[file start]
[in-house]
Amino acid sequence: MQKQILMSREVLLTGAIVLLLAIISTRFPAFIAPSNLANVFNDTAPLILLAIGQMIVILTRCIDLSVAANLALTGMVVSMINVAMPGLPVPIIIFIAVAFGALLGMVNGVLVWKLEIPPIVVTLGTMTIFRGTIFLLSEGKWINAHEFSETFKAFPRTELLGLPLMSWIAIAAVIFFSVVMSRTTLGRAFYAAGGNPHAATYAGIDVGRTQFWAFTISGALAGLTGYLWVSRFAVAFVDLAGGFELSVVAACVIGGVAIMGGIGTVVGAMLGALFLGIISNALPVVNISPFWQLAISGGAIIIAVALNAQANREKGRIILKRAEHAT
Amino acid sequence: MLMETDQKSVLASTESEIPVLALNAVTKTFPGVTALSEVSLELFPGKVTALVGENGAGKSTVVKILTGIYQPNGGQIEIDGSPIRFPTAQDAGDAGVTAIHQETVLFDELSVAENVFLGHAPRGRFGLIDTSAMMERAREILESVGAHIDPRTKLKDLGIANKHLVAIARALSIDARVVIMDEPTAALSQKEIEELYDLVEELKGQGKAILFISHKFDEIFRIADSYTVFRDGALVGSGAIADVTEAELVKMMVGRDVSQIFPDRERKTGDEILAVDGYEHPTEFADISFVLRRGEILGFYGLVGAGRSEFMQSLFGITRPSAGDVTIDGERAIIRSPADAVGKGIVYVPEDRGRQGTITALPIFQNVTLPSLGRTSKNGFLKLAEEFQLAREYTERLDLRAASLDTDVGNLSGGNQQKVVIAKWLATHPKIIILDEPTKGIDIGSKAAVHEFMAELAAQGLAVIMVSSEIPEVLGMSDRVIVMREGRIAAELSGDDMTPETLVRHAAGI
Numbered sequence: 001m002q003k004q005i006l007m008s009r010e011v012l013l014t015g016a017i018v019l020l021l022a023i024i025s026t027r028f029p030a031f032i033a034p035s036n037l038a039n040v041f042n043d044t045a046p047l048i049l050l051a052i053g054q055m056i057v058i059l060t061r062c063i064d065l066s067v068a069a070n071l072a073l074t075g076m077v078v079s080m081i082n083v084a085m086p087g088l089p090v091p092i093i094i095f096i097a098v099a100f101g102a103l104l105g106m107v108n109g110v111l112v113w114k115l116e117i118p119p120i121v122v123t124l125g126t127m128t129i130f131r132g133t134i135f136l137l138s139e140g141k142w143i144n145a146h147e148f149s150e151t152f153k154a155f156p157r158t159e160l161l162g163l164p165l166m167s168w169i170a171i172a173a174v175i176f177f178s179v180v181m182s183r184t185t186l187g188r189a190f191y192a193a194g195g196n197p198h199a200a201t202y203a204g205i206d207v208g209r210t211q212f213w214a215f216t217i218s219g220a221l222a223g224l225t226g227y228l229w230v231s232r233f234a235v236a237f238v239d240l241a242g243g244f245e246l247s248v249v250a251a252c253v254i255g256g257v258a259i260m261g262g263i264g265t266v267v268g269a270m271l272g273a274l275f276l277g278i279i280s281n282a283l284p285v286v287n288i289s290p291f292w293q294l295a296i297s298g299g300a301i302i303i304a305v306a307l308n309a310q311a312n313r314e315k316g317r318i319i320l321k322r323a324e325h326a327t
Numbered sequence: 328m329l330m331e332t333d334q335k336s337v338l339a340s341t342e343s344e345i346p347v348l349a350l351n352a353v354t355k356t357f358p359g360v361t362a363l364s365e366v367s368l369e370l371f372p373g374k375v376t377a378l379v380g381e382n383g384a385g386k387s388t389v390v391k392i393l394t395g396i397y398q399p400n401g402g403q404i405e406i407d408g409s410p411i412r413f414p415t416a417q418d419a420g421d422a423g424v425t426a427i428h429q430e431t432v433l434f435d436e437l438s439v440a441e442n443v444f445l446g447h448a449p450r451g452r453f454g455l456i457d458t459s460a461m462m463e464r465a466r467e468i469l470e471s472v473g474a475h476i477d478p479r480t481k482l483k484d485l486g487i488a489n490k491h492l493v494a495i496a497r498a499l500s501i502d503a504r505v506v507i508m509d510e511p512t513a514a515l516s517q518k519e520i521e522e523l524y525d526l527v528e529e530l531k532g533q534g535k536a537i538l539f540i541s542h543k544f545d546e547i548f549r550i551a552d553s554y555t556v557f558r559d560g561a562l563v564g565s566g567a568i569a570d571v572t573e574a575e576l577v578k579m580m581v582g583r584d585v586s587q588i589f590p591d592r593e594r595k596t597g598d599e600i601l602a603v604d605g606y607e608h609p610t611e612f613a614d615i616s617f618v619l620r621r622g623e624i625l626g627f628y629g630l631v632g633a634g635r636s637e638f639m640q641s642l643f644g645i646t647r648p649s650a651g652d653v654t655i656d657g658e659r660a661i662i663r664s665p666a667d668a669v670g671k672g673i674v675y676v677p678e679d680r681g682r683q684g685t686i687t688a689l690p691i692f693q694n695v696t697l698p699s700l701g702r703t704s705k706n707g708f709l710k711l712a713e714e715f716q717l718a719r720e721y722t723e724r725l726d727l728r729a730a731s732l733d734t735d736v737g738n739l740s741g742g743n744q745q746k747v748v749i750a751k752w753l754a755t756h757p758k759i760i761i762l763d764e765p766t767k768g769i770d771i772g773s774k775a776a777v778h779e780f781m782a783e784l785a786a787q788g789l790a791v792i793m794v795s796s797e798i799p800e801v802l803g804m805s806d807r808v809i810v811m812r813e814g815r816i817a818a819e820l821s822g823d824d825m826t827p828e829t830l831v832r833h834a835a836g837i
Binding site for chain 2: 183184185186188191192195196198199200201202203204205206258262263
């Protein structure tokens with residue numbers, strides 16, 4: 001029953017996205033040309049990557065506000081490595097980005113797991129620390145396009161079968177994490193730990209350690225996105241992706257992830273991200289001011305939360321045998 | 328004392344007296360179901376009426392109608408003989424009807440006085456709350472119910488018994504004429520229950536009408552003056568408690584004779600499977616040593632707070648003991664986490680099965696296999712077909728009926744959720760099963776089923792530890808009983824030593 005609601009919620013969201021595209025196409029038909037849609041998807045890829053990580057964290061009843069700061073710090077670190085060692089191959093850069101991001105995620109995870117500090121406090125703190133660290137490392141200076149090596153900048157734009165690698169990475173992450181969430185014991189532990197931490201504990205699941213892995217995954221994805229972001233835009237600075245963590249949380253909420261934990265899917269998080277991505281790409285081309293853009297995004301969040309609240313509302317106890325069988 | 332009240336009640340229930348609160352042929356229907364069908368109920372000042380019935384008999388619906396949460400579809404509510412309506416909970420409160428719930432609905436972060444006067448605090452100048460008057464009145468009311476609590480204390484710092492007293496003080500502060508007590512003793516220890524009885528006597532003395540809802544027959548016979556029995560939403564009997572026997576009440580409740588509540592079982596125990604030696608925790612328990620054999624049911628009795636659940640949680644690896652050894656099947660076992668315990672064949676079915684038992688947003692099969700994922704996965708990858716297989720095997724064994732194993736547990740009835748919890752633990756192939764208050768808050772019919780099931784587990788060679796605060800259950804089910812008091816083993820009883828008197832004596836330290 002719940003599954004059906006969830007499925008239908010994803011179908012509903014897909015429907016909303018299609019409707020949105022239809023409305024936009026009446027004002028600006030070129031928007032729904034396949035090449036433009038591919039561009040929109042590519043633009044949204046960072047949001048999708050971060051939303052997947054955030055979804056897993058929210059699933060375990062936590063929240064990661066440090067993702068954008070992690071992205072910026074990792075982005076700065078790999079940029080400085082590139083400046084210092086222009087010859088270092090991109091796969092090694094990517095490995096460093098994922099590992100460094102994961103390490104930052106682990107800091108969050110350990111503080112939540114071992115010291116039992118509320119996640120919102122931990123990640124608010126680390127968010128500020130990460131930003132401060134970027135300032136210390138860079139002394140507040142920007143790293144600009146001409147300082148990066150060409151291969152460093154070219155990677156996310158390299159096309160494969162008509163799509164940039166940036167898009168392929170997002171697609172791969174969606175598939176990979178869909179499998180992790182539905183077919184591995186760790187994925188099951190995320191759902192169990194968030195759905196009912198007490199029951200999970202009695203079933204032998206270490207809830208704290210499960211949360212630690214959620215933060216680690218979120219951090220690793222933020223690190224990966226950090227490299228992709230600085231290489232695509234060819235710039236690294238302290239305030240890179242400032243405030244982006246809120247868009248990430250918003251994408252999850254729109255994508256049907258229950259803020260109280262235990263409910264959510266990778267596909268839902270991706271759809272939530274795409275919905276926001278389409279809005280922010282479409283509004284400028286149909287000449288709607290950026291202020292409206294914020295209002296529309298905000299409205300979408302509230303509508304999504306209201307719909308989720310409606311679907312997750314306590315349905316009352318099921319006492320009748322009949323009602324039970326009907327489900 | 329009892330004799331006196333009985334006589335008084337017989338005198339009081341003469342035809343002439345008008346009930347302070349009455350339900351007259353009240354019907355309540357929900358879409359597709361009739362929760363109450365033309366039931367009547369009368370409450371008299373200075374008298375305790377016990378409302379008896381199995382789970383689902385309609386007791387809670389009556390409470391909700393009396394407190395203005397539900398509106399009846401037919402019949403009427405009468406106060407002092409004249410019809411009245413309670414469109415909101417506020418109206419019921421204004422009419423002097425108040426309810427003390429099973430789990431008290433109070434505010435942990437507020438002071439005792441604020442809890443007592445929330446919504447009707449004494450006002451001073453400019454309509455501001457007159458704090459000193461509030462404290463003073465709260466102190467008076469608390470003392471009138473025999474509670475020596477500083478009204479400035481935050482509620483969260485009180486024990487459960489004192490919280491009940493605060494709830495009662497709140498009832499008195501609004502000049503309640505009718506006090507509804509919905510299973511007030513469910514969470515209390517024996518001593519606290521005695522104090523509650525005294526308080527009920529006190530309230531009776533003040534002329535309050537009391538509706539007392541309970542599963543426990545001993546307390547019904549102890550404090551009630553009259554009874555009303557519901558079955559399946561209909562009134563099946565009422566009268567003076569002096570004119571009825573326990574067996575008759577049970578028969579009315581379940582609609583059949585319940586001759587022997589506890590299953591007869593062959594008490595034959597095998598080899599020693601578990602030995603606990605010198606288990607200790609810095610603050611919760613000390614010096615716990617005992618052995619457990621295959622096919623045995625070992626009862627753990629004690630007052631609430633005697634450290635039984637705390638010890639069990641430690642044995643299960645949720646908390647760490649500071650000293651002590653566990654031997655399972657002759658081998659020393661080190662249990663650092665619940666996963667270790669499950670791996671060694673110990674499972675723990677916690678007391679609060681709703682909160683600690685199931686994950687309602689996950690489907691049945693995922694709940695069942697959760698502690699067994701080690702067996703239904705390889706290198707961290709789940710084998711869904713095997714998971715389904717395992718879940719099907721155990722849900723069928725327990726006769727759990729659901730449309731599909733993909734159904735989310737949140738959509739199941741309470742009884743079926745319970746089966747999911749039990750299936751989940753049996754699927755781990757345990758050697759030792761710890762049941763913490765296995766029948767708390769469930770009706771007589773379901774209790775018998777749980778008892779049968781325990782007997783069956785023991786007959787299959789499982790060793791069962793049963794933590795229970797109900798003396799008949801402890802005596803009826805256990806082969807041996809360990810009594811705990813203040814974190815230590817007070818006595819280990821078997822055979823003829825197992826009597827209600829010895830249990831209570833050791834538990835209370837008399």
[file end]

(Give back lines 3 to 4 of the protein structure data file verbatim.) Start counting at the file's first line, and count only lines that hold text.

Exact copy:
Amino acid sequence: MLMETDQKSVLASTESEIPVLALNAVTKTFPGVTALSEVSLELFPGKVTALVGENGAGKSTVVKILTGIYQPNGGQIEIDGSPIRFPTAQDAGDAGVTAIHQETVLFDELSVAENVFLGHAPRGRFGLIDTSAMMERAREILESVGAHIDPRTKLKDLGIANKHLVAIARALSIDARVVIMDEPTAALSQKEIEELYDLVEELKGQGKAILFISHKFDEIFRIADSYTVFRDGALVGSGAIADVTEAELVKMMVGRDVSQIFPDRERKTGDEILAVDGYEHPTEFADISFVLRRGEILGFYGLVGAGRSEFMQSLFGITRPSAGDVTIDGERAIIRSPADAVGKGIVYVPEDRGRQGTITALPIFQNVTLPSLGRTSKNGFLKLAEEFQLAREYTERLDLRAASLDTDVGNLSGGNQQKVVIAKWLATHPKIIILDEPTKGIDIGSKAAVHEFMAELAAQGLAVIMVSSEIPEVLGMSDRVIVMREGRIAAELSGDDMTPETLVRHAAGI
Numbered sequence: 001m002q003k004q005i006l007m008s009r010e011v012l013l014t015g016a017i018v019l020l021l022a023i024i025s026t027r028f029p030a031f032i033a034p035s036n037l038a039n040v041f042n043d044t045a046p047l048i049l050l051a052i053g054q055m056i057v058i059l060t061r062c063i064d065l066s067v068a069a070n071l072a073l074t075g076m077v078v079s080m081i082n083v084a085m086p087g088l089p090v091p092i093i094i095f096i097a098v099a100f101g102a103l104l105g106m107v108n109g110v111l112v113w114k115l116e117i118p119p120i121v122v123t124l125g126t127m128t129i130f131r132g133t134i135f136l137l138s139e140g141k142w143i144n145a146h147e148f149s150e151t152f153k154a155f156p157r158t159e160l161l162g163l164p165l166m167s168w169i170a171i172a173a174v175i176f177f178s179v180v181m182s183r184t185t186l187g188r189a190f191y192a193a194g195g196n197p198h199a200a201t202y203a204g205i206d207v208g209r210t211q212f213w214a215f216t217i218s219g220a221l222a223g224l225t226g227y228l229w230v231s232r233f234a235v236a237f238v239d240l241a242g243g244f245e246l247s248v249v250a251a252c253v254i255g256g257v258a259i260m261g262g263i264g265t266v267v268g269a270m271l272g273a274l275f276l277g278i279i280s281n282a283l284p285v286v287n288i289s290p291f292w293q294l295a296i297s298g299g300a301i302i303i304a305v306a307l308n309a310q311a312n313r314e315k316g317r318i319i320l321k322r323a324e325h326a327t